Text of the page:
However, this may not be true in all cases. The other Indians in the 2012 list were Anna Hazare and Nitish Kumar, who polled in much less percentage of total votes than Modi however their ‘Yes to No’ vote ratio was much better: Anna getting 88% to 12% in his favor of the total 27, 336 votes and Nitish scoring 78% to 22% of the total 17, 272 reflects on their overall likeability. Still, both of them didn’t figure in final list.

Now, coming to the 2013 poll, RTI activist and Aam Aadmi Party founder Arvind Kejriwal is the lone Indian in the initial list of 151 nominees. He is currently leading in the second spot with more than 63,000 votes but the interesting point to note is his ‘Yes to No’ vote ratio:  95% Yes compared to 5% No votes. It is an interesting statistics given the general theory about politicians voting ratio in this poll explained earlier. The other two politicians in the list: Mohamed Morsi, who is leading the list currently and Bashar Assad, who is in the third spot confirm to the theory and have more No votes than Yes.

So, how did Arvind Kejriwal alone buck the trend? This says something about the man himself. Kejriwal has been in national spotlight for good part of last three years from the beginning of his ‘Indian Against Corruption’ movement in 2011, though his stellar work with the RTI campaign came much before that. He succeeded, along with Anna Hazare and others, in channelizing the popular anger of people against the growing number of mind-numbing scams in India to create a popular draft bill called the Jan Lokpal through which corruption could be reduced significantly and lives of common man made better. While the ruling politicians and their core supporters perceived him as stubborn, unflinching and even arrogant at times, general public saw him as a steadfast general who kept the campaign on course.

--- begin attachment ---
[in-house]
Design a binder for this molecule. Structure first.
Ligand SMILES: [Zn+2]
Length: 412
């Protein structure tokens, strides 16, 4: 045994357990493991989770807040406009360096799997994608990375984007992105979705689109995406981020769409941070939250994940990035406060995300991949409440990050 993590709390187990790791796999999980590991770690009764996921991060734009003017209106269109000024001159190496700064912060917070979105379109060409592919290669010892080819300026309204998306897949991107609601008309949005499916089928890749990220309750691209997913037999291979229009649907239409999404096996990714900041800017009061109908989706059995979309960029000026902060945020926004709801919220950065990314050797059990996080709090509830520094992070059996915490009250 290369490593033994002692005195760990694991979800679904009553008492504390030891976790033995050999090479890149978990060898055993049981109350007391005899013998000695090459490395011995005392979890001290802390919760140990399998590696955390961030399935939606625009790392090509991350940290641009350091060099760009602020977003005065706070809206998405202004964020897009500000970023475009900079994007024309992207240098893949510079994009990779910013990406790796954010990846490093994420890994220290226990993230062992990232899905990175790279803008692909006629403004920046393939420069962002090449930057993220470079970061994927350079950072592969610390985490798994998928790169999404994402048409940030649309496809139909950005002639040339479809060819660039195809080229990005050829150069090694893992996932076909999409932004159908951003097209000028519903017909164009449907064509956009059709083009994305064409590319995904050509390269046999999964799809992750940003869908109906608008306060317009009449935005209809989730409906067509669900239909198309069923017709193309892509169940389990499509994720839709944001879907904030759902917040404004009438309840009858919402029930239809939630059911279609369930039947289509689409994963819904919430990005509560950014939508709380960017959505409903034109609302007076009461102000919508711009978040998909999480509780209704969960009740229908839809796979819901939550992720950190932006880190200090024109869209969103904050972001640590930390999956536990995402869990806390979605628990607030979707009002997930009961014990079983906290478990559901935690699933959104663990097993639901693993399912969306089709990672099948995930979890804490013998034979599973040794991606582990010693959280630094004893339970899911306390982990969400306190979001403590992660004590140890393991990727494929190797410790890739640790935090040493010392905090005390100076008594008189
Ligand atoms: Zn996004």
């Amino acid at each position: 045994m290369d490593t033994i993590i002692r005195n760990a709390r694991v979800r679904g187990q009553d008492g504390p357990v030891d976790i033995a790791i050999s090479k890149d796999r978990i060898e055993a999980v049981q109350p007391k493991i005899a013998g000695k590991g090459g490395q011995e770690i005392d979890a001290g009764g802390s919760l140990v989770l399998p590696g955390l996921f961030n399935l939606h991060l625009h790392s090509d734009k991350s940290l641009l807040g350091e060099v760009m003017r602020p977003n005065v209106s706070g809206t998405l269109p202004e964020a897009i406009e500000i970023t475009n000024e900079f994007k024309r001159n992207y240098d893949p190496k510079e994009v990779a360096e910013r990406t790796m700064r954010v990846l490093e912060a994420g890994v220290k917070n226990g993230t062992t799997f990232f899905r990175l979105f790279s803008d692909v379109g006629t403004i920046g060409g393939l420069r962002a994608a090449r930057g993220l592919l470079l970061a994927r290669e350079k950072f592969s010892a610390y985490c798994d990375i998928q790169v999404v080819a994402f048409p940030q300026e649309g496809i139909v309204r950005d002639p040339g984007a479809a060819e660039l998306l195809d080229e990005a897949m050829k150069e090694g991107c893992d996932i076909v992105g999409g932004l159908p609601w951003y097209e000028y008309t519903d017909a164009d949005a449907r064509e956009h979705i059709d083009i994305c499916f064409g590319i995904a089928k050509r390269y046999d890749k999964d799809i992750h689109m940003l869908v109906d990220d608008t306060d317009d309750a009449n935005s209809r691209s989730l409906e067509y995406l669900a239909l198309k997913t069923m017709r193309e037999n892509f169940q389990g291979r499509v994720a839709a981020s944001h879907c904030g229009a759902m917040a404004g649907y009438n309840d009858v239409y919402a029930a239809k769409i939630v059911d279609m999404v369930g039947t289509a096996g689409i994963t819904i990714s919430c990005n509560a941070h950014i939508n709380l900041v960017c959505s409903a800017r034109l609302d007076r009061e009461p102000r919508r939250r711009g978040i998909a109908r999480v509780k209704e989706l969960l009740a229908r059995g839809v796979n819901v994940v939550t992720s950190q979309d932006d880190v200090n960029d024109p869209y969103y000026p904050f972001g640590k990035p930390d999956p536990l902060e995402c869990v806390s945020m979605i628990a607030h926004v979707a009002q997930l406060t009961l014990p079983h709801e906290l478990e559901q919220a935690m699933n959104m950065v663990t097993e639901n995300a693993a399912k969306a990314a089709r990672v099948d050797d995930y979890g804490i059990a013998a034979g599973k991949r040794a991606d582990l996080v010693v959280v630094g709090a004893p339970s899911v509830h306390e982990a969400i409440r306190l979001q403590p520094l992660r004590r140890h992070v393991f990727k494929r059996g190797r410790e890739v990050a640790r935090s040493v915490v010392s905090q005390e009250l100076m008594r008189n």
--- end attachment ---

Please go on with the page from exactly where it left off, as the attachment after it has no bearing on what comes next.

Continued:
Then came the (in)famous split with Anna Hazare on the future course of campaign, he founded the new alternative political party, now named Aam Aadmi Party, and kept his crusade against corruption going forward. He hasn’t looked back since and has mounted one offense after another against the ruling central and other state governments and has created an army of young volunteers for his party. While the party itself and some of its members heavily criticized by people from both right and left side of the political spectrum, Arvind has been largely unscathed by any big criticisms. Ruling party with all investigative agencies at its disposal could not dig any dirt worthy from the man’s past. Even many who ideologically differ with Kejriwal or may simply disagree with his mode of protest tend to agree that he is idealistic with a vision for the county and is charismatic.

It is true that Arvind Kejriwal is still a new entrant in political arena and the old adage of ‘Familiarity breeds contempt’ may still catch up to him but he is an unconventional politician and an activist at heart, so he may end up being a true rebel after all.

Whether he and his party succeed in the upcoming elections is yet to be seen, so is the question on whether Arvind Kejriwal can finish in the top 100 influential people in the world. Official voting ends on April 12th and the final TIME 100 is selected by TIME’s editors and revealed on April 18th. For what is worth, he has already proven to be a new trend-setter for the political category in the TIME’s 100 poll.

About Freak-o-litics!

Political junkie!
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3 Responses to The Time’s 100 poll and the Indian connection

  1. ajay says:

    Icon of India….

  2. Pingback: Indian Anti-Corruption Activist May Make Time’s Most Influential List · Global Voices

  3. Pingback: Indian Anti-Corruption Activist May Make Time’s Most Influential List | OccuWorld